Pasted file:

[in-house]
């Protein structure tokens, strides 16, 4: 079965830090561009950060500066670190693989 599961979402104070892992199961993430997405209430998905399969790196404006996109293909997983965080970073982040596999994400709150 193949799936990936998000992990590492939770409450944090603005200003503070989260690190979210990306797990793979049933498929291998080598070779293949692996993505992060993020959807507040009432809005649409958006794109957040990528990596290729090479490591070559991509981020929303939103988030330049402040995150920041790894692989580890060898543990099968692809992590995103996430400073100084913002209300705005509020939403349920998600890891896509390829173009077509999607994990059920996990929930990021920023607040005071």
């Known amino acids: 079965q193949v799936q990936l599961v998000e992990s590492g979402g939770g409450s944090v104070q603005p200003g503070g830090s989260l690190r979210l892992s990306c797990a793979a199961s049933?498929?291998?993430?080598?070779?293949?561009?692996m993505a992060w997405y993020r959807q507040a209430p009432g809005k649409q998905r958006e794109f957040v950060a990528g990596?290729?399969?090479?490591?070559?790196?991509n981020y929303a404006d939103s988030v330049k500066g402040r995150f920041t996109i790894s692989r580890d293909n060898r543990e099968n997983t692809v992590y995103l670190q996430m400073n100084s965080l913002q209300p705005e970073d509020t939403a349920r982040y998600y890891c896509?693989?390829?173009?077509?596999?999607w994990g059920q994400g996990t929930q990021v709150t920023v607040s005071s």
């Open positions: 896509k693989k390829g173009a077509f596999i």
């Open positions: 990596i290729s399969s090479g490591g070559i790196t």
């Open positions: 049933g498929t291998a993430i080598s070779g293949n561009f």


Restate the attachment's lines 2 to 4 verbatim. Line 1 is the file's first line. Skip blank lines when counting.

């Protein structure tokens, strides 16, 4: 079965830090561009950060500066670190693989 599961979402104070892992199961993430997405209430998905399969790196404006996109293909997983965080970073982040596999994400709150 193949799936990936998000992990590492939770409450944090603005200003503070989260690190979210990306797990793979049933498929291998080598070779293949692996993505992060993020959807507040009432809005649409958006794109957040990528990596290729090479490591070559991509981020929303939103988030330049402040995150920041790894692989580890060898543990099968692809992590995103996430400073100084913002209300705005509020939403349920998600890891896509390829173009077509999607994990059920996990929930990021920023607040005071």
């Known amino acids: 079965q193949v799936q990936l599961v998000e992990s590492g979402g939770g409450s944090v104070q603005p200003g503070g830090s989260l690190r979210l892992s990306c797990a793979a199961s049933?498929?291998?993430?080598?070779?293949?561009?692996m993505a992060w997405y993020r959807q507040a209430p009432g809005k649409q998905r958006e794109f957040v950060a990528g990596?290729?399969?090479?490591?070559?790196?991509n981020y929303a404006d939103s988030v330049k500066g402040r995150f920041t996109i790894s692989r580890d293909n060898r543990e099968n997983t692809v992590y995103l670190q996430m400073n100084s965080l913002q209300p705005e970073d509020t939403a349920r982040y998600y890891c896509?693989?390829?173009?077509?596999?999607w994990g059920q994400g996990t929930q990021v709150t920023v607040s005071s």
């Open positions: 896509k693989k390829g173009a077509f596999i």